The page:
Tuesday, December 2, 2014

Dispatches from Middle Earth, Part IV: The Cloud Piercer's Lament

(While this technically wraps up my earlier series of posts about New Zealand and mine and Carrie's time there, this is much more than a "what we did" post.  Rather, the themes I write of here reverberate far beyond any one country or place, and I hope that they speak to you as well.  I believe that they will. ~E.A.)

In the middle of our honeymoon, Carrie and I went for some hiking on the tallest  mountain in New Zealand, Aoraki/Mt. Cook.  Mt. Cook is the mountain's Anglo name (after the captain who "discovered" New Zealand); Aoraki is its Maori (the indigenous peoples of NZ) name.

"Aoraki" is difficult to translate accurately into English; traditionally, though, the name was translated as "Cloud Piercer," which, at least when C and I visited it, was plenty accurate, with its 12,000+ foot peak jutting majestically through the clouds.

It holds a lot of appeal to hikers and mountaineers for obvious reasons: beyond being the country's highest peak, it is incredibly, almost unfairly, beautiful.  Edmund Hillary is said to have trained on Mt. Cook in preparation for his successful run at Mt. Everest in 1953.  And when the sun is out, the glaciers and glacier lakes shimmer in an almost otherworldly etherealness.

It also is a deadly peak, having claimed the lives of a number of people ever since the early 1900s.  Early on the Hooker Valley trail, you can take a short walkoff to the memorial that stands in memory to the people who went to rest on the mountain forever:

The front of the monument contains a plaque with the original names for whom the monument was erected:

But as you begin to walk around the entire monument, you begin to grasp the sheer scope and scale of the loss of life that has happened here:

What I found most remarkable about this was that the plaques were dedicated to people literally from all over the world, who had nothing else in common except that they died here, on the slopes of Aoraki.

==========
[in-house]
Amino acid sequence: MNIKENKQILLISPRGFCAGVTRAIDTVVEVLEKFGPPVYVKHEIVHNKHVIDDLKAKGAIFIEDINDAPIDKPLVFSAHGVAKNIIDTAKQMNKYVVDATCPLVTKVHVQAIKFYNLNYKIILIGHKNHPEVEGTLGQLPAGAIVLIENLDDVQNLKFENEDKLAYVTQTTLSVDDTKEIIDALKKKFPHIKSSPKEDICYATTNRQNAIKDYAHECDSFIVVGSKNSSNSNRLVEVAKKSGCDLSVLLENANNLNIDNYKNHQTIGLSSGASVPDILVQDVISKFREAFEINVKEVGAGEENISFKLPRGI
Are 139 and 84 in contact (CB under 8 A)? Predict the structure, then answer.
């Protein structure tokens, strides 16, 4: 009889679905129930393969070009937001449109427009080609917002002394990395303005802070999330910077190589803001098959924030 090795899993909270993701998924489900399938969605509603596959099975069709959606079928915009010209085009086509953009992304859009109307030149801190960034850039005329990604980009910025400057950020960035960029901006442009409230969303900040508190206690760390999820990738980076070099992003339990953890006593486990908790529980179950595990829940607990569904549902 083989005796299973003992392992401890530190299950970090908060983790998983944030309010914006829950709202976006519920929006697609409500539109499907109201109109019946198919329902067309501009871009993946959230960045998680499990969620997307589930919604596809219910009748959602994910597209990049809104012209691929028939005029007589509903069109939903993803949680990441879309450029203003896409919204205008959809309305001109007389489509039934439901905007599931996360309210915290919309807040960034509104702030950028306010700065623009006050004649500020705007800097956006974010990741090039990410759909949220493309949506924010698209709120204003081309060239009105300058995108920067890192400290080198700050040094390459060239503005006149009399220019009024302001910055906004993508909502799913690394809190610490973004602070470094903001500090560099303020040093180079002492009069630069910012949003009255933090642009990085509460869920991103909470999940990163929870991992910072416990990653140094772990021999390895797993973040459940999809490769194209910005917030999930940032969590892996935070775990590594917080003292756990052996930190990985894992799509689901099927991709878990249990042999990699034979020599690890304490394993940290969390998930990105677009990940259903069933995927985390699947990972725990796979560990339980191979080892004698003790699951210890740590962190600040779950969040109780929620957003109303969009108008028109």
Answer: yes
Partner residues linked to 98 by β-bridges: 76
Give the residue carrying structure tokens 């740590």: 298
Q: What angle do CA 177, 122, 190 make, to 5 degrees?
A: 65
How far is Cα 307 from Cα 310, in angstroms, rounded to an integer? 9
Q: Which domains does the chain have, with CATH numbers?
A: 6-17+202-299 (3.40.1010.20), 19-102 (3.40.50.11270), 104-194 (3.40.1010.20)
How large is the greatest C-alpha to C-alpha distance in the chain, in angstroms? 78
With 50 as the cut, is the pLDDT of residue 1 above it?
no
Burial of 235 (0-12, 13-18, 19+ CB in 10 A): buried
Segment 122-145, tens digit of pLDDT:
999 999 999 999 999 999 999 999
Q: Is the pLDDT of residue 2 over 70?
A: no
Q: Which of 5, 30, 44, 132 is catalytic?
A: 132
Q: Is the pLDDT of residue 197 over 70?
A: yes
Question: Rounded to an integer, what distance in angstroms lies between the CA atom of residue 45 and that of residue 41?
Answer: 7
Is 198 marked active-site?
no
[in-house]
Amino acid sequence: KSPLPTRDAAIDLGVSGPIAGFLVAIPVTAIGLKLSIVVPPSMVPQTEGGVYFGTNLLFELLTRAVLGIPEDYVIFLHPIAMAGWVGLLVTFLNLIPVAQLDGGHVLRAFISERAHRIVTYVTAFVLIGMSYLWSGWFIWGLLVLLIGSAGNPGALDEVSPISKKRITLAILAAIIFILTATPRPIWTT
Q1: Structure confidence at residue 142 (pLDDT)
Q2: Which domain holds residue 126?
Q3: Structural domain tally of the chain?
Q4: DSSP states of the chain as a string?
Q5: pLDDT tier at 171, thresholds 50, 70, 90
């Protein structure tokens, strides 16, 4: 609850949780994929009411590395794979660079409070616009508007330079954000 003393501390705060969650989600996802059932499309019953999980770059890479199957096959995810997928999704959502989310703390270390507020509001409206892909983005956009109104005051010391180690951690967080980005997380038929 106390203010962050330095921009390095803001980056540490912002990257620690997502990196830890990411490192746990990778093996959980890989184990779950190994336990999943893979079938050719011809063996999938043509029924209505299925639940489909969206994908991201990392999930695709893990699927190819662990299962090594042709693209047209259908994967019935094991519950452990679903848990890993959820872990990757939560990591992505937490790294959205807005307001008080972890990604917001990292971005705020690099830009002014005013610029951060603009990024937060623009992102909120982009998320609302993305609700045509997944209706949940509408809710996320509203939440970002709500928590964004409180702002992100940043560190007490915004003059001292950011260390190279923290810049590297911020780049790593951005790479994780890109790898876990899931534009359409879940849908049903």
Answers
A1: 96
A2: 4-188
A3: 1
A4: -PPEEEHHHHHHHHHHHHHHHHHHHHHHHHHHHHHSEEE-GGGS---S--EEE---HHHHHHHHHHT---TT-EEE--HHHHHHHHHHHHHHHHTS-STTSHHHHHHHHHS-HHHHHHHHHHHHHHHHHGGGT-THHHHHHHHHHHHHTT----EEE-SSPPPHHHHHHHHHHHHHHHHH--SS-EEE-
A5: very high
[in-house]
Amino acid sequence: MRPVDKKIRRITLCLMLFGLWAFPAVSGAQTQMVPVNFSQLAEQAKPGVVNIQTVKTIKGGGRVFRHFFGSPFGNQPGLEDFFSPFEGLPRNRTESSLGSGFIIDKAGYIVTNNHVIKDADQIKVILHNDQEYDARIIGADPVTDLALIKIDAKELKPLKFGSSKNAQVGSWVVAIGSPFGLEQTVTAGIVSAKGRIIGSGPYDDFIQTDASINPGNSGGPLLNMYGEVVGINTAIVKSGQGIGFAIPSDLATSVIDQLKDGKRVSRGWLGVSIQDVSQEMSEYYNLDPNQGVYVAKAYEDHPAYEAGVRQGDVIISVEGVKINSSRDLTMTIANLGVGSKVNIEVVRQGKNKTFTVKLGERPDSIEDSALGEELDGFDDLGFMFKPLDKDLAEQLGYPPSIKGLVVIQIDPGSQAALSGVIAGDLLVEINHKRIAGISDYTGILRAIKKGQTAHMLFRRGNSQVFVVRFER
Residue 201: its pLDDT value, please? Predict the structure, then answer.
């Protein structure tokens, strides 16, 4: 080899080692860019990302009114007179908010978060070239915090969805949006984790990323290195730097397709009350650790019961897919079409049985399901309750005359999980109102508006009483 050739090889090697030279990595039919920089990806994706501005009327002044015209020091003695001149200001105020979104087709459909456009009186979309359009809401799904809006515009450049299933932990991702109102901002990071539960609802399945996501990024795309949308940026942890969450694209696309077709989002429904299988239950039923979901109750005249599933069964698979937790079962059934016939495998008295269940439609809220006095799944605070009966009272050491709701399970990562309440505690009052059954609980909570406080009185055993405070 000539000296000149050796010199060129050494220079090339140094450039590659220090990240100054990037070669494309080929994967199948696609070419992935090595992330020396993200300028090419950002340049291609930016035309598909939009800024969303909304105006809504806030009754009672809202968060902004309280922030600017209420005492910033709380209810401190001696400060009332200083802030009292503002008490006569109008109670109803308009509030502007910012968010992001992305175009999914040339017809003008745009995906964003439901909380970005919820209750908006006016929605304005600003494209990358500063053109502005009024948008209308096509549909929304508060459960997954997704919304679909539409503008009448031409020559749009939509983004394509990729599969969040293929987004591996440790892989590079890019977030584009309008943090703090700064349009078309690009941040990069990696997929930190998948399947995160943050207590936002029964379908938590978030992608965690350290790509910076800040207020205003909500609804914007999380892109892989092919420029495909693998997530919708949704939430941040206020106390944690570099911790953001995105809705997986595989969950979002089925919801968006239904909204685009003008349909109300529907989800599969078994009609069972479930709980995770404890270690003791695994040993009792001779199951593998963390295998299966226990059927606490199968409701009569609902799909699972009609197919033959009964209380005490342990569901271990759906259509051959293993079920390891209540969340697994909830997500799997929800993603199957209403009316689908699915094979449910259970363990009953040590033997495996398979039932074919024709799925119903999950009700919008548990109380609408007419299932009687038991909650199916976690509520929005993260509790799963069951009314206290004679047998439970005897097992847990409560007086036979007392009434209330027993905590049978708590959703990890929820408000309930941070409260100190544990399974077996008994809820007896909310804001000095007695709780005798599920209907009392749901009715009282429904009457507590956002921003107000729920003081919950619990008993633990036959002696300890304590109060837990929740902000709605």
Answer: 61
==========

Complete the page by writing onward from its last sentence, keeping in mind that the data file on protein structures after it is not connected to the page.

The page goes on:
It reminded me--cheesy though it may be..,no, scratch that, cheesy though it most definitely is--of the lesson Harry Potter was taught in his choice of Gryffindor when he was sorted into Hogwarts: that it is, in the end, our choices which define us, and just as Harry's choice helped define him from Voldemort, so too do our choices still hold sway on how we are remembered--in a loved one's scrapbook, in a folded, creased obituary copy in a drawer, or in a plaque, potentially thousands of miles from where you were born and raised, marking the spot upon which you passed from this life into life eternal.

And there were many beautiful monuments elsewhere that Carrie and I saw marking that passage into life eternal for New Zealand's heroes who served on her behalf in the World Wars...like this one in Queenstown, commemorating Queenstown's dead in World War I and demonstrating that not all arches are necessarily triumphant:

And this walled monument to the fallen of Auckland during World War II in the Auckland Museum:

All of the reverence of a war memorial that you'd expect is present in this hall of names, panel after panel, wall after wall, of the names of the dead, and yet, the memorial does not end merely on its past.  At its end, there is the glimmer not merely of optimism or of hope, but of almost desperation in the plea for a world in which the swords are beaten into plowshares and the spears are beaten into pruning hooks:

Let these panels never be filled.

Let the lone bare wall on the monument upon the Cloud Piercer's slopes never be filled.

Let the blank spaces awaiting more names on war memorials the world over never be filled.

Let our need to memorialize the deaths of our heroes be extinguished, not for lack of heroes, but for lack of need for their heroics in the face of violence.

And then maybe, maybe, the God driven by our hatred from the depths of our hearts and from the deepest regions of our souls will return to the broken earth once more.

It is a hope I still have.

Yours in Christ,

All photos from Eric Atcheson.

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